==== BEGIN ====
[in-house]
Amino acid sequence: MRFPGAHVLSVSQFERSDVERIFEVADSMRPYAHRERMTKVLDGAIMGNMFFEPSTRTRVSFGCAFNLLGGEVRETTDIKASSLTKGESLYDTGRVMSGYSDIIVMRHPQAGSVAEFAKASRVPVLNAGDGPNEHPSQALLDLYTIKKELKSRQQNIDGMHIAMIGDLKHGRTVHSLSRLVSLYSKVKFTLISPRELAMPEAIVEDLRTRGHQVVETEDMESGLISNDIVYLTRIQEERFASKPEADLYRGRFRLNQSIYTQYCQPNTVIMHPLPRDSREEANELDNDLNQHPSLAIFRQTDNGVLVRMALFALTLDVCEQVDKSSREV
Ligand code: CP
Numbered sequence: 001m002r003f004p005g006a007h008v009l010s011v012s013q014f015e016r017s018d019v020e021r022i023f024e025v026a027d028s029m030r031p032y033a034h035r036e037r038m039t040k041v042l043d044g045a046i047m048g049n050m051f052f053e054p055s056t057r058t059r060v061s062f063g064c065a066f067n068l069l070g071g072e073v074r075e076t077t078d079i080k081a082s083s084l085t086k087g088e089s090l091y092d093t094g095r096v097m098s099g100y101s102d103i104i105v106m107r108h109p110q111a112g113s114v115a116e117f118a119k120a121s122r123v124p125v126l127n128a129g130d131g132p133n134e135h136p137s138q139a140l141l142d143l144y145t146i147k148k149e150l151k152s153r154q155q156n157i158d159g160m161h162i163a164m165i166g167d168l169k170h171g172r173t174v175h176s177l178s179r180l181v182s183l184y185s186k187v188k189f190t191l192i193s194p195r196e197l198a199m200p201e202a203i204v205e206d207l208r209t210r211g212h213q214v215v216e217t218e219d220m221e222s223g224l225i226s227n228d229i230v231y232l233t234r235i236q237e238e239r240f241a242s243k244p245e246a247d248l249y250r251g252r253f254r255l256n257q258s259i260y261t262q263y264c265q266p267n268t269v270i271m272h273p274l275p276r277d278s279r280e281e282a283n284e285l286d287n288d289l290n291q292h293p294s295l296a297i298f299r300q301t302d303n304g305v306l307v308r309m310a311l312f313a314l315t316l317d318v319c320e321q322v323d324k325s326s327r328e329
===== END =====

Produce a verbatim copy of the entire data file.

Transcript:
[in-house]
Amino acid sequence: MRFPGAHVLSVSQFERSDVERIFEVADSMRPYAHRERMTKVLDGAIMGNMFFEPSTRTRVSFGCAFNLLGGEVRETTDIKASSLTKGESLYDTGRVMSGYSDIIVMRHPQAGSVAEFAKASRVPVLNAGDGPNEHPSQALLDLYTIKKELKSRQQNIDGMHIAMIGDLKHGRTVHSLSRLVSLYSKVKFTLISPRELAMPEAIVEDLRTRGHQVVETEDMESGLISNDIVYLTRIQEERFASKPEADLYRGRFRLNQSIYTQYCQPNTVIMHPLPRDSREEANELDNDLNQHPSLAIFRQTDNGVLVRMALFALTLDVCEQVDKSSREV
Ligand code: CP
Numbered sequence: 001m002r003f004p005g006a007h008v009l010s011v012s013q014f015e016r017s018d019v020e021r022i023f024e025v026a027d028s029m030r031p032y033a034h035r036e037r038m039t040k041v042l043d044g045a046i047m048g049n050m051f052f053e054p055s056t057r058t059r060v061s062f063g064c065a066f067n068l069l070g071g072e073v074r075e076t077t078d079i080k081a082s083s084l085t086k087g088e089s090l091y092d093t094g095r096v097m098s099g100y101s102d103i104i105v106m107r108h109p110q111a112g113s114v115a116e117f118a119k120a121s122r123v124p125v126l127n128a129g130d131g132p133n134e135h136p137s138q139a140l141l142d143l144y145t146i147k148k149e150l151k152s153r154q155q156n157i158d159g160m161h162i163a164m165i166g167d168l169k170h171g172r173t174v175h176s177l178s179r180l181v182s183l184y185s186k187v188k189f190t191l192i193s194p195r196e197l198a199m200p201e202a203i204v205e206d207l208r209t210r211g212h213q214v215v216e217t218e219d220m221e222s223g224l225i226s227n228d229i230v231y232l233t234r235i236q237e238e239r240f241a242s243k244p245e246a247d248l249y250r251g252r253f254r255l256n257q258s259i260y261t262q263y264c265q266p267n268t269v270i271m272h273p274l275p276r277d278s279r280e281e282a283n284e285l286d287n288d289l290n291q292h293p294s295l296a297i298f299r300q301t302d303n304g305v306l307v308r309m310a311l312f313a314l315t316l317d318v319c320e321q322v323d324k325s326s327r328e329